The economic calendar on Wednesday was once again rather empty leaving investors to focus on the Bank of England interest rate decision today. The pound euro exchange rate continued to climb steadily higher , hitting a peak of €1.1458 in its third straight winning session.
|What do these figures mean?|
When measuring the value of a pair of currencies, one set equals 1 unit and the other shows the current equivalent. As the market moves, the amount will vary from minute to minute.
For example, it could be written: 1 GBP = 1.13990 EUR
Here, £1 is equivalent to approximately €1.14. This specifically measures the pound’s worth against the euro. If the euro amount increases in this pairing, it’s positive for the pound.
Or, if you were looking at it the other way around: 1 EUR = 0.87271 GBP
In this example, €1 is equivalent to approximately £0.87. This measures the euro’s worth versus the British pound. If the sterling number gets larger, it’s good news for the euro.
The Bank of England will release its interest rate decision today, in addition to the quarterly inflation report and economic forecasts. Just one month ago the probability of a rate hike by the BoE was sitting at around 90%. However, after a month of souring UK economic data, the probability has sunk to just 10%.
UK inflation fell closer towards the central banks’ target and UK economic growth was a lacklustre 0.1% quarter on quarter, its weakest level since 2012. These numbers will almost certainly convince the BoE’s Monetary Policy Committee (MPC) that the economy is too weak to handle a rate hike immediately. As investors are not expecting the BoE to increase rates, it will be more a case of what the central bank says, rather than what is does that determines the direction of the pound. Therefore, investors will pay close attention to the accompanying statement, press conference and revised growth forecasts. Investors will want to see the central bank minimize recent bad data and keep the option of a rate hike later in the year firmly on the table.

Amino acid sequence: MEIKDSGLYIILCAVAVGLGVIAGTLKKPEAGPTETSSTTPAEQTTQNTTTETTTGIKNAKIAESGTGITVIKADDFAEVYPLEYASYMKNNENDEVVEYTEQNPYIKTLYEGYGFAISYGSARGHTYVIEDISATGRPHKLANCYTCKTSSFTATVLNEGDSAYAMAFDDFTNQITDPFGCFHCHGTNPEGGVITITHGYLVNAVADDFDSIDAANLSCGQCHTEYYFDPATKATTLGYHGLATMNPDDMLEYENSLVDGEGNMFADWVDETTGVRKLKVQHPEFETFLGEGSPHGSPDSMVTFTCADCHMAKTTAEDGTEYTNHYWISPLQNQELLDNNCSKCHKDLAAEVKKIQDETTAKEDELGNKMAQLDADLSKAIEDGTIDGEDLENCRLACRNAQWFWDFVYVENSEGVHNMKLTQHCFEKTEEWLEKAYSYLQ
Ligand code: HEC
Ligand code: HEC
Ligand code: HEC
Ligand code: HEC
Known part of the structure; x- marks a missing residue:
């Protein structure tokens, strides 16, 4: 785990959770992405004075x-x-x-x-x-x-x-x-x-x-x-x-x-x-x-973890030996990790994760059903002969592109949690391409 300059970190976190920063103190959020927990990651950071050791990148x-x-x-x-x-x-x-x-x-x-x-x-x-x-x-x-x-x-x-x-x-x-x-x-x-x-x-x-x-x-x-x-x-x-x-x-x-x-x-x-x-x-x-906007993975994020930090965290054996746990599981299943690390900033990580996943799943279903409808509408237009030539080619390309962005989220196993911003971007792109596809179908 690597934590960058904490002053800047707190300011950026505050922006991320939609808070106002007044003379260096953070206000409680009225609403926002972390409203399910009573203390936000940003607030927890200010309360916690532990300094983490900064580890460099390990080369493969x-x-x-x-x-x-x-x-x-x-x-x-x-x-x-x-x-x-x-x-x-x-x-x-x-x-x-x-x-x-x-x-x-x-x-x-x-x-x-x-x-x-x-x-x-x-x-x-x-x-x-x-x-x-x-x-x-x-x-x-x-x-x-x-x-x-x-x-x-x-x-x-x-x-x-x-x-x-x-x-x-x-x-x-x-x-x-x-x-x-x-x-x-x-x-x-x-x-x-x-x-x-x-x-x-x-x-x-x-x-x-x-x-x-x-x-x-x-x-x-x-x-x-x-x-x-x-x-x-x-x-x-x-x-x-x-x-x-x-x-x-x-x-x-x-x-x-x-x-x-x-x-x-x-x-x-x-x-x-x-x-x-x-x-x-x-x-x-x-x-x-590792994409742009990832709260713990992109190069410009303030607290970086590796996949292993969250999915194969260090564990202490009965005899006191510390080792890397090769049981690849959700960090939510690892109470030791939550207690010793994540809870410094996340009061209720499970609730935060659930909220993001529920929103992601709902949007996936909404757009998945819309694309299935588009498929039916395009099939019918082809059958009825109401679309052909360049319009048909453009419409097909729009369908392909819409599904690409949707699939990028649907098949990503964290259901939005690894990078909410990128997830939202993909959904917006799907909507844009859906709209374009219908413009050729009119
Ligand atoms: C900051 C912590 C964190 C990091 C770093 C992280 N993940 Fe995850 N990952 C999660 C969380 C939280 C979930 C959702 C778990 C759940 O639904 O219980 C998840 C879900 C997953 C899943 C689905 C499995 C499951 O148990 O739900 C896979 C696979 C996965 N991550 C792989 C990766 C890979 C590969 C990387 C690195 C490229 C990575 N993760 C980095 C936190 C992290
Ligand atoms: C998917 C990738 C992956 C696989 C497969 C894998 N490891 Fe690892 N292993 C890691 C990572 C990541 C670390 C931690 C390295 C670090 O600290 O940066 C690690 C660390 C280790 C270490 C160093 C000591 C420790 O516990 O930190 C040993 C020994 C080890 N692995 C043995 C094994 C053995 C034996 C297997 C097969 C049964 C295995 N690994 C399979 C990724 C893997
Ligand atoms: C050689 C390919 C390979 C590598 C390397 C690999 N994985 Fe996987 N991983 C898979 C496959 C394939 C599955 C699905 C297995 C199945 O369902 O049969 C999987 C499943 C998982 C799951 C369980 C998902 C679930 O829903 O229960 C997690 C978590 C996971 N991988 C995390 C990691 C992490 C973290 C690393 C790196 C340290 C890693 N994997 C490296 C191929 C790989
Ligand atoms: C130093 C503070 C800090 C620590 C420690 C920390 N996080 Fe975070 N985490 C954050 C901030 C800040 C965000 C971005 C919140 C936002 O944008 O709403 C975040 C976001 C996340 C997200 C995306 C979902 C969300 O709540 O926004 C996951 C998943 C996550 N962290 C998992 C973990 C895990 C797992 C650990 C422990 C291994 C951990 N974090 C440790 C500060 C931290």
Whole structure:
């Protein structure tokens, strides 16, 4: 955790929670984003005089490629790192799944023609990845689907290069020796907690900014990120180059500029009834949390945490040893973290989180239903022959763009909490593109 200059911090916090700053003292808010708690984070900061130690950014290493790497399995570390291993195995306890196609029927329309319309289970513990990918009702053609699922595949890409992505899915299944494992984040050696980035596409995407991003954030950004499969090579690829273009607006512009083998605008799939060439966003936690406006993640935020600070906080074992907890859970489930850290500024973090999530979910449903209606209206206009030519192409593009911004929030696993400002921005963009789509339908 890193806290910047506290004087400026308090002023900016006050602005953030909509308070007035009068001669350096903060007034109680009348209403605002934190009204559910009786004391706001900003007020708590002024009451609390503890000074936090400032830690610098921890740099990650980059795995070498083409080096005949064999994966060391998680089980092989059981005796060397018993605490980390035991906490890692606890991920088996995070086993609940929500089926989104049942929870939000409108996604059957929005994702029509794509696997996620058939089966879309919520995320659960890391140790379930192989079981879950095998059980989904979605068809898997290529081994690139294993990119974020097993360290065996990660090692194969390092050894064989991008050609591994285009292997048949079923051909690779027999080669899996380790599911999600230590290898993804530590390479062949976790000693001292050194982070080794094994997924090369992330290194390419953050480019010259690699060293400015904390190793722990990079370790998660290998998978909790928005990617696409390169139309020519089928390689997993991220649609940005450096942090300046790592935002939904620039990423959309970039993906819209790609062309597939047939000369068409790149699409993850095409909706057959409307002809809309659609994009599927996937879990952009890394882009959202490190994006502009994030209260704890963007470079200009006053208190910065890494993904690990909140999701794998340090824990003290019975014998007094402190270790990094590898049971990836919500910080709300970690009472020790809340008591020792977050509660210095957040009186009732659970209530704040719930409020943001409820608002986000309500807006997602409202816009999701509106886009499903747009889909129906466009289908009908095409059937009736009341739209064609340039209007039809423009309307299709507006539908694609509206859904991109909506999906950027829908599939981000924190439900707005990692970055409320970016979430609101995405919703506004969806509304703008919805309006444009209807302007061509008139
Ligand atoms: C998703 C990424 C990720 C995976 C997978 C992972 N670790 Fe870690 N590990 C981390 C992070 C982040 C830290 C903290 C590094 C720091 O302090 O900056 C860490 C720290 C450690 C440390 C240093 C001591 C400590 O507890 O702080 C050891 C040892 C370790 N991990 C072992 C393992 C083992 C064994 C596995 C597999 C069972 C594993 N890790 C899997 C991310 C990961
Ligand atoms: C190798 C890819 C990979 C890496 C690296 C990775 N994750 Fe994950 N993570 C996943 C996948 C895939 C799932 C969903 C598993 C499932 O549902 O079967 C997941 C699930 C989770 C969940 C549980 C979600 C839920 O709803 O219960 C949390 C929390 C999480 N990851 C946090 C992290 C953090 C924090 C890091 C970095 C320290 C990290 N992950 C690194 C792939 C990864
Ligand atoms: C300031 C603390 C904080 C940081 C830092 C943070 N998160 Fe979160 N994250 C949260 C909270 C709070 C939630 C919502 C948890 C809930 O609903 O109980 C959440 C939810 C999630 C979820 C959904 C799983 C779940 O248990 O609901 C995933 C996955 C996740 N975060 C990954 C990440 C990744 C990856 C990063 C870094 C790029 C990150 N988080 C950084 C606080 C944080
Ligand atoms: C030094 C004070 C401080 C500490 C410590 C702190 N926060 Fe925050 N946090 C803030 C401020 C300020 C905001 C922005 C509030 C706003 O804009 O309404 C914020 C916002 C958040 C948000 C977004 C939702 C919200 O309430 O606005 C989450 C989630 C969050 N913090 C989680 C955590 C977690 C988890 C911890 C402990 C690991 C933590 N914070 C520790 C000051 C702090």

Any signs of optimism from the central bank could kick the pound higher. On the other hand, a cautious sounding BoE, which considers weak data as the new norm, could drag sterling lower.
|Why do raised interest rates boost a currency’s value?|
|Interest rates are key to understanding exchange rate movements. Those who have large sums of money to invest want the highest return on their investments. Higher interest rate environments tend to offer higher yields. So, if the interest rate or at least the interest rate expectation of a country is relatively higher compared to another, then it attracts more foreign capital investment. Large corporations and investors need local currency to invest. More local currency used then boosts the demand of that currency, pushing the value higher.|
The euro was under pressure for the third straight session on Wednesday as investors brought into the dollar. The euro often trades inversely to the dollar. The dollar is currently in demand as investors bet on more interest rate hikes from the Fed and as concerns over the US pulling out of the nuclear deal with Iran has also supported the dollar.
The US pulling out of the international nuclear deal with Iran is yet another example of hard handed approach that the US is taking, turning its back on relations with the rest of the World and the EU. President Trump ignored pleas from EU leaders to remain in the deal and comes hot on the heels of the US steel and aluminium sanctions on the EU.
This article was initially published on TransferWise.com from the same author. The content at Currency Live is the sole opinion of the authors and in no way reflects the views of TransferWise Inc.